Institutional corruption

From Wikipedia, the free encyclopedia

Institutional corruption is a phenomenon in public bodies that has been defined by the UK Independent Inquiry into the Murder of Daniel Morgan as placing the protection of reputation above fidelity to the truth, especially in the context of an independent or public inquiry.

The Independent Inquiry into the Murder of Daniel Morgan report found that the Metropolitan Police were "institutionally corrupt" in its handling of the investigation into the murder of Daniel Morgan and that the force had placed protecting its reputation above the investigation.[1][2][3][4]

Institutional corruption is differentiated from racism or corruption by the institution's willingness to frustrate or slow the work of independent formal inquiries,[5] even after official reports and documentation recognise that such an inquiry is necessary.[6]

Institutional corruption is not limited to national scale institutions. It can be as small as a single recommendation of a report rejected[7] because an institution wishes not to admit meaningful change,[8] or the misreporting of statistics in the Stafford Hospital scandal.[9]


United Kingdom[edit]




  1. ^ Vikram Dodd; Dan Sabbagh (15 June 2021). "Daniel Morgan murder: inquiry brands Met police 'institutionally corrupt'". The Guardian.
  2. ^ "A panel finds that London's police are "institutionally corrupt"". The Economist. 19 June 2021.
  3. ^ "Is the Metropolitan Police institutionally corrupt". Financial Times. 25 July 2021 – via YouTube.
  4. ^ Lizzie Dearaden (15 June 2021). "Daniel Morgan: Met Police 'institutionally corrupt,' report into private detective's murder says". The Independent. Retrieved 15 June 2021.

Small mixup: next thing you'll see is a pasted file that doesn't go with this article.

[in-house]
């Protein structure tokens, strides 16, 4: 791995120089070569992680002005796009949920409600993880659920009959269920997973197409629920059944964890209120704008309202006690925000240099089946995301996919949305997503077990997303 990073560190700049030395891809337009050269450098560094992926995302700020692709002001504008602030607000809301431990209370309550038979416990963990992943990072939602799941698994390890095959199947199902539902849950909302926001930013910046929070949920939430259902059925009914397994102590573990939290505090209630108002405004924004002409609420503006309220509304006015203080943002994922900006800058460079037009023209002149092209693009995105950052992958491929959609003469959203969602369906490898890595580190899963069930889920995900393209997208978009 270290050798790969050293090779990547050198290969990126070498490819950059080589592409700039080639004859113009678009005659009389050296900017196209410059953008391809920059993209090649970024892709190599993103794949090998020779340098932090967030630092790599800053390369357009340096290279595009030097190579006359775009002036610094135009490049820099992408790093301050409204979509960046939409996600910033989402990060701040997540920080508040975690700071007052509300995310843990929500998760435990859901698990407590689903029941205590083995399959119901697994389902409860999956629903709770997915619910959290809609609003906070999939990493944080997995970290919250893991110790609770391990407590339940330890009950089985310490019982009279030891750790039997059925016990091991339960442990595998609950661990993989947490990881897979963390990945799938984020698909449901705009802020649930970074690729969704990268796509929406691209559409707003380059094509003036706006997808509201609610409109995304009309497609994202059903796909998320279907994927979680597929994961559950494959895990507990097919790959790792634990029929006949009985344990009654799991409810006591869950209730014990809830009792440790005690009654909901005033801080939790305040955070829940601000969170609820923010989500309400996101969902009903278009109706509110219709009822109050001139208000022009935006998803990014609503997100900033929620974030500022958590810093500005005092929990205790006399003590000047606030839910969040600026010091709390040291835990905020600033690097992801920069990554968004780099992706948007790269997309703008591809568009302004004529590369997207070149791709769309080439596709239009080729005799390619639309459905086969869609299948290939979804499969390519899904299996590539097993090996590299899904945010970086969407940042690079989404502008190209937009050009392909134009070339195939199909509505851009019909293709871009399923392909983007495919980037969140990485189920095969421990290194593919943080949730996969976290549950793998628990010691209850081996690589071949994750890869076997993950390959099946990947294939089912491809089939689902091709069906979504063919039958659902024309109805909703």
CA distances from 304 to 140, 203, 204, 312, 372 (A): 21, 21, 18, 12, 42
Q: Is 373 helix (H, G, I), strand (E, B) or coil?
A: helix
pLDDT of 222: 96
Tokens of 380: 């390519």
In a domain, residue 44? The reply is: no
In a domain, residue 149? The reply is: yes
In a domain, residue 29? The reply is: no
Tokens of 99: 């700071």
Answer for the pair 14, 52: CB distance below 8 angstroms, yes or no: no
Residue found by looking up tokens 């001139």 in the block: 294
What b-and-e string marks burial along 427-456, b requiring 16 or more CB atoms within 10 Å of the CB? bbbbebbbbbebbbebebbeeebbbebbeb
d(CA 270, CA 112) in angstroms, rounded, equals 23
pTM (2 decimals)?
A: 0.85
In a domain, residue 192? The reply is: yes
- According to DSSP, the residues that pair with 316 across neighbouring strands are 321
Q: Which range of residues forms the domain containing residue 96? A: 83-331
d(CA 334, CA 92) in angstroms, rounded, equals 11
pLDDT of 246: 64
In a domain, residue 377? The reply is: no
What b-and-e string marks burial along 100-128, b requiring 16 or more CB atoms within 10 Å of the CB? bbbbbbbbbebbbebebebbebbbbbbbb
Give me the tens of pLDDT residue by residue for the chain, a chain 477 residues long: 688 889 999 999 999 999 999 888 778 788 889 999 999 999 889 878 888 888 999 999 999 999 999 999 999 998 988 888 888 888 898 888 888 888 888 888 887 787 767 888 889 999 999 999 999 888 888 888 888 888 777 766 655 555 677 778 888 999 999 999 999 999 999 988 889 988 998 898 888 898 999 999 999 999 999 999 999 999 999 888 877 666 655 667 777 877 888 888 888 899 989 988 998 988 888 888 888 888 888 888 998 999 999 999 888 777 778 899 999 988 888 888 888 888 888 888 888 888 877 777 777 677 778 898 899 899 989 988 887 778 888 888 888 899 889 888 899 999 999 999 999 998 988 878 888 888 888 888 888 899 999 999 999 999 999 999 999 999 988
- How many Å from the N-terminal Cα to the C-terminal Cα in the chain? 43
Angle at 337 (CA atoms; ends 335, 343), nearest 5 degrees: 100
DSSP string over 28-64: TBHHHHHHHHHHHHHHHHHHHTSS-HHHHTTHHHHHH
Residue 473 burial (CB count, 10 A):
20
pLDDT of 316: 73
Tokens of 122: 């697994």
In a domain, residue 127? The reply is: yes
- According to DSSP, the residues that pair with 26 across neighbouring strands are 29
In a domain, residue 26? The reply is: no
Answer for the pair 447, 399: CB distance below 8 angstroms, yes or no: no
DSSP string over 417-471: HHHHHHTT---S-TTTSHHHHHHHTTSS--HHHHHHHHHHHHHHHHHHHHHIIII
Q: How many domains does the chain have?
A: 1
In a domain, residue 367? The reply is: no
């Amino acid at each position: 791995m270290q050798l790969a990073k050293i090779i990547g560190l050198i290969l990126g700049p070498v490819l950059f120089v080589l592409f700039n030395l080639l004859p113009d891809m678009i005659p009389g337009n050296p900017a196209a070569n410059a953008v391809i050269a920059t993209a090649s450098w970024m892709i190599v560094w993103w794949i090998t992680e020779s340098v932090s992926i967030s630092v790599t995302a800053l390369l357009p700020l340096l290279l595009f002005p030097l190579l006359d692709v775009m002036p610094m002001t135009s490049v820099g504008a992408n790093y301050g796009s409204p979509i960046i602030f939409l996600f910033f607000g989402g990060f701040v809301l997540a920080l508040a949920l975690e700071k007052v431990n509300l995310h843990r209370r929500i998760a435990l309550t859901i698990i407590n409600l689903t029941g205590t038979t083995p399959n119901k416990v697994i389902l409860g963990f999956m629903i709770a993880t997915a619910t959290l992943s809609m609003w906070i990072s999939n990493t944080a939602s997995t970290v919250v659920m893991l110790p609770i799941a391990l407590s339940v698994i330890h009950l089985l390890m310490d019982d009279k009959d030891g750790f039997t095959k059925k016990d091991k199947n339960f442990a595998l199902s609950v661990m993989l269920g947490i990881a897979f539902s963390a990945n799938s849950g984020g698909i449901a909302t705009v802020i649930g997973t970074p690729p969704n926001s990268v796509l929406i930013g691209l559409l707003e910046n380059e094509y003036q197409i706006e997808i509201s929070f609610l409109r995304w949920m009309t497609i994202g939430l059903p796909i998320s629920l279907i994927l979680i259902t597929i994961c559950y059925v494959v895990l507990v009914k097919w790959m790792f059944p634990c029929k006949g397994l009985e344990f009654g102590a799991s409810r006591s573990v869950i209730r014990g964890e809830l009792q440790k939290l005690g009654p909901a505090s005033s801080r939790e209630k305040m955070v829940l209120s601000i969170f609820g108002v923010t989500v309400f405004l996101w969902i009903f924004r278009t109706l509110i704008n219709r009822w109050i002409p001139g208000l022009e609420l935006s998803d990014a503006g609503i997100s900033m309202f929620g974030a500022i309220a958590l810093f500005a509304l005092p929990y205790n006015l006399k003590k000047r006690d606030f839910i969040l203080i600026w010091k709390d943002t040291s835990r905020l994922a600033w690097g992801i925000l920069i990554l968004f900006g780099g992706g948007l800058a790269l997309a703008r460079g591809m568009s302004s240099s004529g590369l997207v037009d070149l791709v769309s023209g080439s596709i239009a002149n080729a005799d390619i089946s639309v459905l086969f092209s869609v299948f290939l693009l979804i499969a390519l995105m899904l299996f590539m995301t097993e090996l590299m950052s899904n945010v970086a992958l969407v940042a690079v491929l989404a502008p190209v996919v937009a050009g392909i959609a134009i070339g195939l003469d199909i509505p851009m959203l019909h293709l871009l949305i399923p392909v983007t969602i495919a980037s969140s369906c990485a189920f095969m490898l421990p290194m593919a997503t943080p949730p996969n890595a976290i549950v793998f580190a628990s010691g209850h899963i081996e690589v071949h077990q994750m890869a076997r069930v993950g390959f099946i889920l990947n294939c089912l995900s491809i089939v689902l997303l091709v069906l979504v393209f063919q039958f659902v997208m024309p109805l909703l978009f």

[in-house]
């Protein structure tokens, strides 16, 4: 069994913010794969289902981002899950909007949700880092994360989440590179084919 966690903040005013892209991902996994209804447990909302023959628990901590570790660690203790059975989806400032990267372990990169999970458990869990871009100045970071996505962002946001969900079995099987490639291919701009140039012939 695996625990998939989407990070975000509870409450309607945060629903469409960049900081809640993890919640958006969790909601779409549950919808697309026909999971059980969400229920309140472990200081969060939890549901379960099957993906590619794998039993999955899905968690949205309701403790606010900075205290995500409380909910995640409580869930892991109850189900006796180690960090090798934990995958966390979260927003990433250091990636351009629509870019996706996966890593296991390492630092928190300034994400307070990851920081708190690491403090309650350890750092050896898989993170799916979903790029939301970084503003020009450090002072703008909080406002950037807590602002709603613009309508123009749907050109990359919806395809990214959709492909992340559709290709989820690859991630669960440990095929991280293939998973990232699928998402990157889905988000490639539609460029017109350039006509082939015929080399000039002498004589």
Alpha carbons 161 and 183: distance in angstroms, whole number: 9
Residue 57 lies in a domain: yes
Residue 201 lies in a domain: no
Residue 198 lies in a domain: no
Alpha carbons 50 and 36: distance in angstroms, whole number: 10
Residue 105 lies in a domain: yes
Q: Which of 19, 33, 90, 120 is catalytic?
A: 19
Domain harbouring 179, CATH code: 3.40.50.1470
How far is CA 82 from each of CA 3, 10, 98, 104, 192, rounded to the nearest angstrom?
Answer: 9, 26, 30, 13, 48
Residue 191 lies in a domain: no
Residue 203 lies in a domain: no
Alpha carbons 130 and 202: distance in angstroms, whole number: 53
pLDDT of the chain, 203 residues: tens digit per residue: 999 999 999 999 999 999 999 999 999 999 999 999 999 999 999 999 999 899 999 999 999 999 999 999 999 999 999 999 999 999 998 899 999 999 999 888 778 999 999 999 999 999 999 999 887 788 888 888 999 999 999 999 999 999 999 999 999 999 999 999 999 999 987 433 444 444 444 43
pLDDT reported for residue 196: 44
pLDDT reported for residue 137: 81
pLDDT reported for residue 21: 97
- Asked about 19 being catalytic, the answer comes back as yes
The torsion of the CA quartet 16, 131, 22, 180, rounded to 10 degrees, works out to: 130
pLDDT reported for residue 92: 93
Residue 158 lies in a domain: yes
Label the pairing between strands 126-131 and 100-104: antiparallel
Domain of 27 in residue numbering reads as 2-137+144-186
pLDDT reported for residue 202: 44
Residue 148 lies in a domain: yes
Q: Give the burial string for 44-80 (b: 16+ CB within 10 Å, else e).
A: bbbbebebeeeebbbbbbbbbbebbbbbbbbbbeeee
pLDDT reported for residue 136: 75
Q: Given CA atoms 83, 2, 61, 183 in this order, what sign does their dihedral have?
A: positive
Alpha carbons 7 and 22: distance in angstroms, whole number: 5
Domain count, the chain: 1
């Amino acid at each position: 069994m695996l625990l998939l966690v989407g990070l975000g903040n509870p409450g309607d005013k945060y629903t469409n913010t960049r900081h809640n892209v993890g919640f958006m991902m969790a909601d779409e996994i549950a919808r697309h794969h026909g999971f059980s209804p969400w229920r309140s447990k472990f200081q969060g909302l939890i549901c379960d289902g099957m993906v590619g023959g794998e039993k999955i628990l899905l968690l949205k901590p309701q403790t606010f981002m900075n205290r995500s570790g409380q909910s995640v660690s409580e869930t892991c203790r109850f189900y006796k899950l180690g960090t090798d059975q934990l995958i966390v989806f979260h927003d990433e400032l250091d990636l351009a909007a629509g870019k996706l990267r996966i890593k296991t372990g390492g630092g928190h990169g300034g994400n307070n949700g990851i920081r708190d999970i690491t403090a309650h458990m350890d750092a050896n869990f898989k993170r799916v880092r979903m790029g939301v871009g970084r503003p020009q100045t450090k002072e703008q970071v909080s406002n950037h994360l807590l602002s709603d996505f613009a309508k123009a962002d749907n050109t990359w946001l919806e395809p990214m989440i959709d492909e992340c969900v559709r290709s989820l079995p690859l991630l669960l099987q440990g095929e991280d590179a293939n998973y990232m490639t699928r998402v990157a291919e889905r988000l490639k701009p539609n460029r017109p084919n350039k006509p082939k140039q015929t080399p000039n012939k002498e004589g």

5. ^ "Daniel Morgan: Cressida Dick denies institutional corruption". BBC News Online. 16 June 2021. Retrieved 26 September 2021.
  6. ^ Rafi Mauro-Benady (15 June 2021). "Met Police top cop censured for obstructing Daniel Morgan murder inquiry". Retrieved 25 August 2021.
  7. ^ @journo_kituno (9 July 2021). "The review came back with 39 recommendations.

    Most of them were accepted, implemented or noted, except for one, which was for LGT to "produce a statement which capture[d], in an easy format document, as to what has changed.""
    (Tweet). Retrieved 26 September 2021 – via Twitter.
  8. ^ See, for example, Recommendation 26 from: Trust Board Meeting, Tuesday 29th June 2021, 9.30am (Part 1) (Report). Lewisham and Greenwich NHS Trust. p. 47. Retrieved 25 August 2021. 26. The Trust to produce a statement that captures in an easy format document as to what has changed in relation to charging so that members of the public can see quickly those positive changes.
    Recommendation not accepted: Whilst the Trust is not planning to develop the statement as recommended by the panel, the Trust is committed to the learning enabled by the work of the panel...
  9. ^ Robert Francis QC (February 2013). Report of the Mid Staffordshire NHS Foundation Trust Public Inquiry: Executive Summary (PDF) (Report). The Stationery Office. p. 41. Retrieved 25 August 2021. During the course of both the first inquiry and the present there has been a constant refrain from those charged with managing, leading, overseeing or regulating the Trust's provision of services that no cause for concern was drawn to their attention, or that no one spoke up about concerns.